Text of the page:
We have been doing some spinning at the weekend, especially during the wet weather. The Saturday Farm Hands have been able to have a go after the workshop and have learned to spin a little on a drop spindle.
We now have our freezers well stocked with pork joints, chops, slices, plenty of lamb including a few legs left and a new batch of sausages. Current flavours are chilli and garlic, Cumberland and traditional plain sausages.
In the farm yard there have been a few changes over the last weeks. Most startlingly we have brought in some new pigs – the three little pigs will be with us until they are big enough for slaughtering. The current plan is to take the young boar (AKA piggy) and the biggest of the three little pigs to the abattoir together in around 6 weeks. At around 16 weeks the white pig weighs approx 40kg. Piggy is currently a bit over 70 kgs. The four male pigs have recently been introduced to each other and seem to be getting on very well. We had been concerned that the boar was a bit fed up – the company should cheer him up!
Right now our new three Jacob sheep have gone to visit the ram over at Windmill Hill City Farm for the next six weeks. This way we hope to have pure Jacob lambs in the spring. We will find a different ram for the other three ewes and two lambing periods. Three lambs have recently been slaughtered, so although we have temporarily run out of sausages there is plenty of lamb and a little mutton left in the freezers.
The goats seem pretty much okay with the sheep during the daytime. We will move them in to the main stable block soon to make moving the flock backwards and forwards. So at the moment we only have three ewes, five lambs and the two goats on site.
Two of the main flock of hens are visiting the welsummers at the moment – most specifically as this way their eggs will be fertilised. By using a gold or red cockerel (welsummer) with a silver breed (the visiting Light Sussex) we will be able to hatch out hybrid chickens that apart from laying more, browner eggs can be sex-linked at day old. Anyone with a pet snake please get in touch!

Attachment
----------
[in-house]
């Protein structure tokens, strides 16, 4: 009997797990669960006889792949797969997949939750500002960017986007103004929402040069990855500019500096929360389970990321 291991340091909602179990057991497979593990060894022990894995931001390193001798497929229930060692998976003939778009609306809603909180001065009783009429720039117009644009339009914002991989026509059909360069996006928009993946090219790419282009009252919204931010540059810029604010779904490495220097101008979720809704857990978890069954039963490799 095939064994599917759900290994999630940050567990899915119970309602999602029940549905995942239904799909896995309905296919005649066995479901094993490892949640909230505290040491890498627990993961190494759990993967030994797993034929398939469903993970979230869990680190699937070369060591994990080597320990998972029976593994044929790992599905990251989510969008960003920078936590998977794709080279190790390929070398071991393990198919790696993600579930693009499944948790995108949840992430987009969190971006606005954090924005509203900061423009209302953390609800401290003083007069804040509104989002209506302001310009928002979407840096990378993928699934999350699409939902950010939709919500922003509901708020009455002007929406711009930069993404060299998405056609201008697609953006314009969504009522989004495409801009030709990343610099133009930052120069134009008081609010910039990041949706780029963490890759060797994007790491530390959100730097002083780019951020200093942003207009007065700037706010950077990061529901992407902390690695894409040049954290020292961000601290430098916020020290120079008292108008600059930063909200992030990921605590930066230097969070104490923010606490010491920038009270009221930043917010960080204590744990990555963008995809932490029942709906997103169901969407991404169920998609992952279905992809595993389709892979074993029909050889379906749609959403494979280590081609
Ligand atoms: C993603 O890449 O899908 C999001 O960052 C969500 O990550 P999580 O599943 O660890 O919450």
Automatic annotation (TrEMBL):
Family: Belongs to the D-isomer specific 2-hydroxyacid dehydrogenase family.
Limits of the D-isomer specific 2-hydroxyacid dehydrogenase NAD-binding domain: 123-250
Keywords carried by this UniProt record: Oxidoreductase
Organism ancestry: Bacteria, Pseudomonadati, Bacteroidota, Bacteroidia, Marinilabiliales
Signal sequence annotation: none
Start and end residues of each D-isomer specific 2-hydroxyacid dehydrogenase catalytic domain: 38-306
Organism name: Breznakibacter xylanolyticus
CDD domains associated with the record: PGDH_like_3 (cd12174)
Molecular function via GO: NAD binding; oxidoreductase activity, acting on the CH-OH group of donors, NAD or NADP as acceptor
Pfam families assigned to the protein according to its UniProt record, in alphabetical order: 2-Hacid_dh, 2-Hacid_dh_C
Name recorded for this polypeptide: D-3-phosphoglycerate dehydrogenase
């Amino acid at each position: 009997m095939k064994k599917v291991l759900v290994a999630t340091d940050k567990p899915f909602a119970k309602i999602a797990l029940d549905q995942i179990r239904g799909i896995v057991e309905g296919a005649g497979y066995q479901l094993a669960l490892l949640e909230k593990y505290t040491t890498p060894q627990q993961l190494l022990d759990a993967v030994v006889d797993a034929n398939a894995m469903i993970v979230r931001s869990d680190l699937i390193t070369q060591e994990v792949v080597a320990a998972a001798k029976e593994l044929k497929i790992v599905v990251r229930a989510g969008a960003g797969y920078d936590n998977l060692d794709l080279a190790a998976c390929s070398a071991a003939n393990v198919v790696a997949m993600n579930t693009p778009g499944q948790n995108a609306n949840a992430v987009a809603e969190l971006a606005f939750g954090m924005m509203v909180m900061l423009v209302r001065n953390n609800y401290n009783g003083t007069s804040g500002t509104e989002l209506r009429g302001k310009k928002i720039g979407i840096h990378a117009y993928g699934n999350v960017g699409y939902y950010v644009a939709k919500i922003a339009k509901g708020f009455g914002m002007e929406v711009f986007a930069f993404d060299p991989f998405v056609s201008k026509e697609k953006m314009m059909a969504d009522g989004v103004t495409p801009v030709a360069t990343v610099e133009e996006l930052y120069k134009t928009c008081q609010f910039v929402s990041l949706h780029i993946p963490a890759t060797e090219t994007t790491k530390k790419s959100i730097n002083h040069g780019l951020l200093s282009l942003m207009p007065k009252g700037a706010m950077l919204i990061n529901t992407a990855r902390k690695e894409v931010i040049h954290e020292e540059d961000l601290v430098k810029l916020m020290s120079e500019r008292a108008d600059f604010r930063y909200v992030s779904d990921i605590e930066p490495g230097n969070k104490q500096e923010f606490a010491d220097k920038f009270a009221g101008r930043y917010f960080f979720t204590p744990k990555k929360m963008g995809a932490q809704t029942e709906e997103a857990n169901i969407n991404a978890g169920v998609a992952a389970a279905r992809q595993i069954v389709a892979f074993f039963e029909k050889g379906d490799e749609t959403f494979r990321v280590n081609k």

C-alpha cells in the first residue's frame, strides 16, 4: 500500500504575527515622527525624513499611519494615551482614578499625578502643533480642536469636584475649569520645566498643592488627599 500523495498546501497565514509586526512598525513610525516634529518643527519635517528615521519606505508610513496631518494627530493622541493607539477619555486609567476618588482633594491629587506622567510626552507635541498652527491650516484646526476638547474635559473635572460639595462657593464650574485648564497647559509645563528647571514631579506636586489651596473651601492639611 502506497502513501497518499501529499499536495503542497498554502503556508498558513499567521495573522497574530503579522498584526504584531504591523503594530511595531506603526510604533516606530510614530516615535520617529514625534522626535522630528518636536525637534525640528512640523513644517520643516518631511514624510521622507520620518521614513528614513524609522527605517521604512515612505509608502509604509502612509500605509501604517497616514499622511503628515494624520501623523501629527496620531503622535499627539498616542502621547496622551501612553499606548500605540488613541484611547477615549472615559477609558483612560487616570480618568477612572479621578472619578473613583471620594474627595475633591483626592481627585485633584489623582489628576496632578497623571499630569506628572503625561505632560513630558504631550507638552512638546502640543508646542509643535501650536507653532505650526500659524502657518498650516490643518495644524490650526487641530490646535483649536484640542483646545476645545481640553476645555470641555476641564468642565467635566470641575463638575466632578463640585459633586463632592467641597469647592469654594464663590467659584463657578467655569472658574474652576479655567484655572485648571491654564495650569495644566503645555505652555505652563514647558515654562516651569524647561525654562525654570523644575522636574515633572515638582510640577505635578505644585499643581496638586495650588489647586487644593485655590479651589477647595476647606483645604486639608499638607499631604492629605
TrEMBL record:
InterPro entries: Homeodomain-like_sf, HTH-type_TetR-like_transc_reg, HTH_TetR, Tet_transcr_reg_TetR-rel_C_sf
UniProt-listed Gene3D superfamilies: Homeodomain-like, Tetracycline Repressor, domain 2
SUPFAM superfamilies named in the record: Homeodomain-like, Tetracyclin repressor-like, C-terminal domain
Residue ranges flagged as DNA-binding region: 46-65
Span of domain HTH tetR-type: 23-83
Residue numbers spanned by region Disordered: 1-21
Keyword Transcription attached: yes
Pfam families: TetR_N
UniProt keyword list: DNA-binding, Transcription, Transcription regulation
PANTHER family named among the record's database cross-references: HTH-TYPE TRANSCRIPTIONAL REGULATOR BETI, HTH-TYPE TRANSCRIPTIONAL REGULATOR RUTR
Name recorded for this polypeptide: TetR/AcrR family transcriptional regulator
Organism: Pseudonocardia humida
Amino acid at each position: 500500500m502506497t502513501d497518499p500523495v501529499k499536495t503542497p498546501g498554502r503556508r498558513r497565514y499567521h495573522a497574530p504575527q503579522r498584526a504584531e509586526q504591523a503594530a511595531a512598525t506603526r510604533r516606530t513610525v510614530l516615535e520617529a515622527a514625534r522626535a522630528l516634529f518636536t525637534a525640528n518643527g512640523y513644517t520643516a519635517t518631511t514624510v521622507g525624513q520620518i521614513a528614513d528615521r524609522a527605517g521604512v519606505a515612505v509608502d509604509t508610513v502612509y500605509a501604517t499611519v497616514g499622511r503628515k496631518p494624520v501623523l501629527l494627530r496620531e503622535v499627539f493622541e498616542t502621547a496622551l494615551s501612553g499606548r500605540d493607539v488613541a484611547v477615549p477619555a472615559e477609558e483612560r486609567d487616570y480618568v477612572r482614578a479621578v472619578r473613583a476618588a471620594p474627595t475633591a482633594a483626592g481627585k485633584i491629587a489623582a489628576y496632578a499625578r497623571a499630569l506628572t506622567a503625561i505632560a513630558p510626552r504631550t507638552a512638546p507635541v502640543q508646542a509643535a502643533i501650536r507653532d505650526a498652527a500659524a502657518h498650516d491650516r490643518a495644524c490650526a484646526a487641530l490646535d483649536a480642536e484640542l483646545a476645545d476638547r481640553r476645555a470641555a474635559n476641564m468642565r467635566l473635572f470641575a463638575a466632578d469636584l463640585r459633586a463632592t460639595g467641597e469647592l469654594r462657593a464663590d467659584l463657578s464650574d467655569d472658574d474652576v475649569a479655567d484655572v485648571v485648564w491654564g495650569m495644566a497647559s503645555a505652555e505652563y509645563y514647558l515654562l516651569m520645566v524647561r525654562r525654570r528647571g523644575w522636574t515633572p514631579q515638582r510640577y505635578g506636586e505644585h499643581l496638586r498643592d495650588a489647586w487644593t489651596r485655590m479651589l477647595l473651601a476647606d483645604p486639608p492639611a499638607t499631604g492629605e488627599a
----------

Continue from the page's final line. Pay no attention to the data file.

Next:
The ducklings are now 11 weeks old. In the end 9 hatched and lived – one with a bent leg is now being cared for by one of our volunteers at home, four sold to a local farmer for her duck pond and the last four will be for sale once they get to point of lay in about 8 weeks time.
In July the long awaited goats arrived. They obviously missed their mother to start with but now seem to be rather enjoying life! The goats we have bought are Boer / Saanan so a cross between the best meat and milking goats. Bambi and Snowy are twins and get on extremely well. With the help of the volunteers we are starting to halter train them, not just to be able to move them around the farm easily but perhaps with a view to taking them to shows in the future. They like climbing, eating hedges and other typical goat activities!
Settling in to their new home
Learning to walk on the halters
In the top paddock
We also have three new Jacob Sheep. These newcomers from across the bridge arrived in the pouring rain first thing on Saturday morning and are now acclimatising to their new home. All three are 2013 ewe lambs, white with brown spots they look the same at a glance but after a while it isn’t difficult to tell the difference.
Blossom and Piggy, Jasmine’s piglets are growing a bit slowly but this is probably due to their breed as much as their mother gobbling up their food. We feel sorry for Piggy the young boar who is now segregated from the others. If you are in the vegetable garden please don’t forget to take him some windfall apples as well as the other pigs. And stop for a chat as he is a bit lonely. However, he has to be seperated or he would try to mate with Blossom and Jasmine.